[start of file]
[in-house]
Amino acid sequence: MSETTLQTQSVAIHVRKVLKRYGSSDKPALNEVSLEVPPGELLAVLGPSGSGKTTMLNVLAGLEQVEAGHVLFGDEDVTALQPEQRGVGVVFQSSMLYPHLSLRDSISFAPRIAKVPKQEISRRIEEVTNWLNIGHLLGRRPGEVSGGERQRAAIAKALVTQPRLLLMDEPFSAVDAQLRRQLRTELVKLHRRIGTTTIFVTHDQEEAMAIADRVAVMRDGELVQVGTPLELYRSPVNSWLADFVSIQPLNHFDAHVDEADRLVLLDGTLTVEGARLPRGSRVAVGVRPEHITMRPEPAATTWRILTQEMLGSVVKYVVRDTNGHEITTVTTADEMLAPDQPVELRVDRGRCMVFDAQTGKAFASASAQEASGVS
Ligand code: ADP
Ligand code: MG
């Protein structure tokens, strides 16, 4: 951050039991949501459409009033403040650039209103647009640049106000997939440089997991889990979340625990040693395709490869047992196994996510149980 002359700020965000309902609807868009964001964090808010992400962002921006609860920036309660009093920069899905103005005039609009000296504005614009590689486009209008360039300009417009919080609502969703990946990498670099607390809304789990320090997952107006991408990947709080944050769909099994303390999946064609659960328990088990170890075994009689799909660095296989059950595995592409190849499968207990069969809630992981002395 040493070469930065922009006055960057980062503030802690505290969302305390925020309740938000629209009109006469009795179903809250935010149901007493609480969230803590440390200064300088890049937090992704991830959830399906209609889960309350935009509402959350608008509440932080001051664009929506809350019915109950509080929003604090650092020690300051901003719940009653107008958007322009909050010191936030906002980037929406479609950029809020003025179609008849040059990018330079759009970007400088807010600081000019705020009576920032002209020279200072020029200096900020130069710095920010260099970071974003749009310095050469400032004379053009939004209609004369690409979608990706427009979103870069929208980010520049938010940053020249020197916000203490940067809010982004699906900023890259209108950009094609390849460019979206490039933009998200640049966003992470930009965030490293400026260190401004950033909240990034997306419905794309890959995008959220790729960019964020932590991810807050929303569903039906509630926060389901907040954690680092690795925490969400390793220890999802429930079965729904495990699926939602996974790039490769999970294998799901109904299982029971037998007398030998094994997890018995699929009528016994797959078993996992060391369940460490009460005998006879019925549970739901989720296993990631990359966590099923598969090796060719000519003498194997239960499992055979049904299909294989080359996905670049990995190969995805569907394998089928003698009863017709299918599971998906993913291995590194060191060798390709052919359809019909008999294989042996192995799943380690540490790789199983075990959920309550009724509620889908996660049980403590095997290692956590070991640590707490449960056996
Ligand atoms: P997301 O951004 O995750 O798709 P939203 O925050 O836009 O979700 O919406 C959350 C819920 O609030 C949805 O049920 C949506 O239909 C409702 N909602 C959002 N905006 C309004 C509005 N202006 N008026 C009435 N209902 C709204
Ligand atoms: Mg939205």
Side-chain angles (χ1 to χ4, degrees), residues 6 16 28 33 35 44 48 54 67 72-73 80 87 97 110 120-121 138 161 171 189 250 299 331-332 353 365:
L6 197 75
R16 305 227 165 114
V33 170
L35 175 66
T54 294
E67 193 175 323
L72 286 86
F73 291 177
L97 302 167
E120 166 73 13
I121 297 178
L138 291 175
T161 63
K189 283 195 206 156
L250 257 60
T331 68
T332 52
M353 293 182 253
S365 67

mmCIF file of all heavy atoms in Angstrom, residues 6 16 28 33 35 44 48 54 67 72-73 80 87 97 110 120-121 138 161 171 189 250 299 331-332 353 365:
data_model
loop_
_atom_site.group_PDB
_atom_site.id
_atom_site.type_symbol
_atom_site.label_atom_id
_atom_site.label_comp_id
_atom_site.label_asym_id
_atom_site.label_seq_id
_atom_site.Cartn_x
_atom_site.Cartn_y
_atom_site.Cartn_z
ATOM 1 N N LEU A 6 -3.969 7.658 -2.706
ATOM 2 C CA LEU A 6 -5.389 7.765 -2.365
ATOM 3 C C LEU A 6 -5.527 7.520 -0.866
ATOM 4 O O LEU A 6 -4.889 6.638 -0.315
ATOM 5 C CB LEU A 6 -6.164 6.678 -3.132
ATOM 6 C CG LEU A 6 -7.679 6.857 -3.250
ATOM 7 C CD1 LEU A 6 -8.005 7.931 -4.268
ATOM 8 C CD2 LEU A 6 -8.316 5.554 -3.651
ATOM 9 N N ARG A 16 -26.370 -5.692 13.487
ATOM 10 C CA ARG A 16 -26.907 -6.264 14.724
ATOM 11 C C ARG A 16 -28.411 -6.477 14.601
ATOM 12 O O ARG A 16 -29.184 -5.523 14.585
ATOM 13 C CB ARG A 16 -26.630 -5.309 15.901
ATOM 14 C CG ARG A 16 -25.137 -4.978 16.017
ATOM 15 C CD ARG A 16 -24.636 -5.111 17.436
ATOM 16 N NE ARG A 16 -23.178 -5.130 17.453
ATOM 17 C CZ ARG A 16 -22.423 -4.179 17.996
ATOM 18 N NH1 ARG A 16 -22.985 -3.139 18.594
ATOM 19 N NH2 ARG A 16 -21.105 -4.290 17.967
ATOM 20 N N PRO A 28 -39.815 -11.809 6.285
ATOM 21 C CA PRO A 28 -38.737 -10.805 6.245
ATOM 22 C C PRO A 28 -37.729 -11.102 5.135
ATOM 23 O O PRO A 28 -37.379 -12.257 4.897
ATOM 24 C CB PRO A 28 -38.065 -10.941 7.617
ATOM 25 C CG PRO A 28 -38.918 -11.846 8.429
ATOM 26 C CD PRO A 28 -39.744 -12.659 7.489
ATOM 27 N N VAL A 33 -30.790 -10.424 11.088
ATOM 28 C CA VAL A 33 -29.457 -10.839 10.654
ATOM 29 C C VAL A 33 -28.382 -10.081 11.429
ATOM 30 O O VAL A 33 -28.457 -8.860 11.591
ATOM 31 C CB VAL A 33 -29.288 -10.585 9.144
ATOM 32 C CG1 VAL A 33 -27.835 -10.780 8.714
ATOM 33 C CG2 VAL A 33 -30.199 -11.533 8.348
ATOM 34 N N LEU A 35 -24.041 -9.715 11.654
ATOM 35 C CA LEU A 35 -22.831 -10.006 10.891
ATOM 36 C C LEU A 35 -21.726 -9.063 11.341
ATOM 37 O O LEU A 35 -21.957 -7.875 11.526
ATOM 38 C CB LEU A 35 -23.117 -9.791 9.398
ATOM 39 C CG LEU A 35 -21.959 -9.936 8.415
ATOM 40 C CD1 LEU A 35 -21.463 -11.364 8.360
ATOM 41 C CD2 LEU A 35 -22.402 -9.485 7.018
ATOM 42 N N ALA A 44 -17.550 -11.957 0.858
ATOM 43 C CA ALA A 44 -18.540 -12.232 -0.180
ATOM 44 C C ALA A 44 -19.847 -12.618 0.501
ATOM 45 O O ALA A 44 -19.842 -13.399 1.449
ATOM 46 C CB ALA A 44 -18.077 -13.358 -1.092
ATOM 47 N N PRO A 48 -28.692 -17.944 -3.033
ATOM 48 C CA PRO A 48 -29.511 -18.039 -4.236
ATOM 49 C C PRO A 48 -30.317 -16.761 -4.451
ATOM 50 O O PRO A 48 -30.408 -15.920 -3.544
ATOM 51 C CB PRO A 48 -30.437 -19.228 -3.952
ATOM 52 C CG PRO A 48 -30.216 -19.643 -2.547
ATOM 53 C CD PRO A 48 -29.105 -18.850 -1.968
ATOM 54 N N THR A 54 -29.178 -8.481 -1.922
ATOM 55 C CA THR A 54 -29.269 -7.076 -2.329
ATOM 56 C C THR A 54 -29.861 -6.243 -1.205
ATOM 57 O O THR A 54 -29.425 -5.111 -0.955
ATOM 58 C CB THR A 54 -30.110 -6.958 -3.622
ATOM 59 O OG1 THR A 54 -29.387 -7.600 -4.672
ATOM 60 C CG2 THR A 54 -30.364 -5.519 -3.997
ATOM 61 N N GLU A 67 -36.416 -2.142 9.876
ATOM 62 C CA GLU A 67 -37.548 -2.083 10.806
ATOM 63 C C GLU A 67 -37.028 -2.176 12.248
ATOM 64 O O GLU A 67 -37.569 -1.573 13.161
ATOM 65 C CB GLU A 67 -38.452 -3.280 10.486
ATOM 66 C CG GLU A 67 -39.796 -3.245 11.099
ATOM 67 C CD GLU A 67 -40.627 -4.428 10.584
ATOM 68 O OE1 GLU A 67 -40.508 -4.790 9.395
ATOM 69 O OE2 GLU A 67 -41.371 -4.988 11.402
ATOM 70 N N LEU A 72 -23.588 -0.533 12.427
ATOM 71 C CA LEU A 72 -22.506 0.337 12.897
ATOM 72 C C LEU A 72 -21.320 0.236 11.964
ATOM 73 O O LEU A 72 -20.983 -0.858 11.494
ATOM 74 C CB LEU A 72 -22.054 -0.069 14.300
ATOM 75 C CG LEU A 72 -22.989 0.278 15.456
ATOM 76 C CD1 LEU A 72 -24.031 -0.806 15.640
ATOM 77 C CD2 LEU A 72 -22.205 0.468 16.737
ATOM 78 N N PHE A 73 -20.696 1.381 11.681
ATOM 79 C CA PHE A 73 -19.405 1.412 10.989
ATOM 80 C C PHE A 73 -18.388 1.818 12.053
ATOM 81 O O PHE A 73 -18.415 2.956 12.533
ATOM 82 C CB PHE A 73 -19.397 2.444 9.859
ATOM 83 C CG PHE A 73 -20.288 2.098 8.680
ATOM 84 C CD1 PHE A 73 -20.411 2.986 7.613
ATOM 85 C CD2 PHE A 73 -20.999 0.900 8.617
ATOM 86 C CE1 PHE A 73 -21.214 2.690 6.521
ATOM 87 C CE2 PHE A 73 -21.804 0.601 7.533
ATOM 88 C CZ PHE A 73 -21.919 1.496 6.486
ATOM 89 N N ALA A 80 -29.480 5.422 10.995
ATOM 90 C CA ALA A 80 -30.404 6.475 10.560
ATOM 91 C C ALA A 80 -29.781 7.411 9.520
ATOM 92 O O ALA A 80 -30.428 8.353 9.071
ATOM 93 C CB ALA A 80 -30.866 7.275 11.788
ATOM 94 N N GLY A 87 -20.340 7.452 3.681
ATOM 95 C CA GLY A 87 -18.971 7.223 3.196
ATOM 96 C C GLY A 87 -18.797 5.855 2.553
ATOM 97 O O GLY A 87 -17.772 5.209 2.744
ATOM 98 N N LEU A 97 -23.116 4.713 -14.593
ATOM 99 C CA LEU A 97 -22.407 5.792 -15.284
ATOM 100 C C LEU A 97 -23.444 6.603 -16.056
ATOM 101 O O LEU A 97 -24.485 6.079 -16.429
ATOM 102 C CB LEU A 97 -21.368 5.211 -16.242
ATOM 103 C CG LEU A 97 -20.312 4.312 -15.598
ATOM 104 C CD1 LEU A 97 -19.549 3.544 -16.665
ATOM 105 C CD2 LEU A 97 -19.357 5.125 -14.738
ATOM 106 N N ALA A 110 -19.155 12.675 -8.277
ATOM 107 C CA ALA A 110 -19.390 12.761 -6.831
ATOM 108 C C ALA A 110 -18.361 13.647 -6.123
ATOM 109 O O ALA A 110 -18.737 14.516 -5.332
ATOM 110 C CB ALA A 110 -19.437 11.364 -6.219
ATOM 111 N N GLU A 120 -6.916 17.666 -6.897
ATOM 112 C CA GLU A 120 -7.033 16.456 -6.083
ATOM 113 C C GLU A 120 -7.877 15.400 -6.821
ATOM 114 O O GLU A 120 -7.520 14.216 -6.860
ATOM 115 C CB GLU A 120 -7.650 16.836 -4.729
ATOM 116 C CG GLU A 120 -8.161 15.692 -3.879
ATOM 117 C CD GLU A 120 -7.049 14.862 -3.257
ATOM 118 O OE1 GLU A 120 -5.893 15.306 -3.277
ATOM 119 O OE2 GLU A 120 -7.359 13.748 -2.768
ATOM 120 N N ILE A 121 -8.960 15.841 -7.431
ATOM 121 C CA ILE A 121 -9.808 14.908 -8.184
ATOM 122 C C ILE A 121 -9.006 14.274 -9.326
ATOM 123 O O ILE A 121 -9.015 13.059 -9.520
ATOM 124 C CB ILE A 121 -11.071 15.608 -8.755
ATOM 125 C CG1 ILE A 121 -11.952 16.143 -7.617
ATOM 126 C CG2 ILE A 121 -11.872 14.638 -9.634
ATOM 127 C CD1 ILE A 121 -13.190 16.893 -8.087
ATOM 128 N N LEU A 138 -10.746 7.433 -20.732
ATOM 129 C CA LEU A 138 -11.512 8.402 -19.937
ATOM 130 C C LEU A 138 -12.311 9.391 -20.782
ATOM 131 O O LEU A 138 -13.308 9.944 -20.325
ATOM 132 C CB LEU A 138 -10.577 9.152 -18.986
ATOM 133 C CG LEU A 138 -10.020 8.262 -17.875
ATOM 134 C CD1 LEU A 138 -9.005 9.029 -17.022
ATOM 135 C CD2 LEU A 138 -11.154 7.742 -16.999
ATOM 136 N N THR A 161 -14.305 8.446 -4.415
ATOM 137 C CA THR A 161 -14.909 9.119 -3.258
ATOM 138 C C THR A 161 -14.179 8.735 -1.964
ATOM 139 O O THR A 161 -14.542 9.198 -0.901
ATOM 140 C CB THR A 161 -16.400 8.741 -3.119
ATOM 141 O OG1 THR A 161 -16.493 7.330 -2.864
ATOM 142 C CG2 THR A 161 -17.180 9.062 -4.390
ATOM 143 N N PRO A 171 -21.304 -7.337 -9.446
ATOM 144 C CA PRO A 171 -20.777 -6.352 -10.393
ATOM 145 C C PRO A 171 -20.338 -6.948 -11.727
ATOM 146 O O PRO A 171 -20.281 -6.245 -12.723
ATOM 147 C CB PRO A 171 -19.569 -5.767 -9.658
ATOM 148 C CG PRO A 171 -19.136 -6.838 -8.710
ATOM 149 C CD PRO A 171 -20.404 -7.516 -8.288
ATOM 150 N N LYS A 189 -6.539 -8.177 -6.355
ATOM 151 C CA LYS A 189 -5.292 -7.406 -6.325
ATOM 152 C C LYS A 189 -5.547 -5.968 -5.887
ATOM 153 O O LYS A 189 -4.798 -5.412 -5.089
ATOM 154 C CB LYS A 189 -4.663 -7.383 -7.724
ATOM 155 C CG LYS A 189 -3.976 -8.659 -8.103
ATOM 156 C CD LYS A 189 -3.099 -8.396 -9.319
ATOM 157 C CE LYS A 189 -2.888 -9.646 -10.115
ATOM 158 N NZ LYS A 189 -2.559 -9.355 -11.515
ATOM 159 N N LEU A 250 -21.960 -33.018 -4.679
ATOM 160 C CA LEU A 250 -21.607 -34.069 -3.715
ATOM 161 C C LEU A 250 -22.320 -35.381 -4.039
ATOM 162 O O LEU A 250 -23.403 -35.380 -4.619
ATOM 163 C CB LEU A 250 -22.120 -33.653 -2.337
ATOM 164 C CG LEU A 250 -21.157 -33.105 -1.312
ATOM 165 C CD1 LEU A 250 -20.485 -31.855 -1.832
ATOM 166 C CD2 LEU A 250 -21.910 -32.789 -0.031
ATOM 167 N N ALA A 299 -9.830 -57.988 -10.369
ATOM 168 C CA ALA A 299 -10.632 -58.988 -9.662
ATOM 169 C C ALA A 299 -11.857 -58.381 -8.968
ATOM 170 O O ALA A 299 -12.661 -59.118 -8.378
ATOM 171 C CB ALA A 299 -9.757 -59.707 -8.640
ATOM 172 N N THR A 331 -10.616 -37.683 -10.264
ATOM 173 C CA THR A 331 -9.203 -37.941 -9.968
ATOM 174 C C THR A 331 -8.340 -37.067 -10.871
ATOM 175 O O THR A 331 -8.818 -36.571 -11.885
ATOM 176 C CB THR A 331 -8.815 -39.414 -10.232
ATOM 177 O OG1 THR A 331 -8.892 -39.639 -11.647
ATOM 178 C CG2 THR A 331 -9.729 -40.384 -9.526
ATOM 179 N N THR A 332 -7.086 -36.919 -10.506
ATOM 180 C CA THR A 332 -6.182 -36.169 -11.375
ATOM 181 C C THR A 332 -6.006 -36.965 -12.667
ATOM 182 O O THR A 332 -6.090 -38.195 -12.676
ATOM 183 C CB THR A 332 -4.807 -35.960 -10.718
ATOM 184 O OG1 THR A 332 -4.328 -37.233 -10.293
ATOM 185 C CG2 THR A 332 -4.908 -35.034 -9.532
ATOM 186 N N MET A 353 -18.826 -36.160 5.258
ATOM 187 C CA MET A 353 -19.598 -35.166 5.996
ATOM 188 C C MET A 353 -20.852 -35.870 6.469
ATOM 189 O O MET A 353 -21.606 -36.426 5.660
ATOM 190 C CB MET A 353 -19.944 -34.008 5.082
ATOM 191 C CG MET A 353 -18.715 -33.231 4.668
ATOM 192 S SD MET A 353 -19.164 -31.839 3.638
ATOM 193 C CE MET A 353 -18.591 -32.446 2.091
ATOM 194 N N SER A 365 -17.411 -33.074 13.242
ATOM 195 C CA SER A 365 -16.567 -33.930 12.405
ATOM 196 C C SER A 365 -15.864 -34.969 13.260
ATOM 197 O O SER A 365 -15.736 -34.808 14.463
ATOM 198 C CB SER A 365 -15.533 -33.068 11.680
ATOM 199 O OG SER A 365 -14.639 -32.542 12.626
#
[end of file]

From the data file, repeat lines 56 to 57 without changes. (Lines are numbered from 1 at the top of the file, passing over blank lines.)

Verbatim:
ATOM 16 N NE ARG A 16 -23.178 -5.130 17.453
ATOM 17 C CZ ARG A 16 -22.423 -4.179 17.996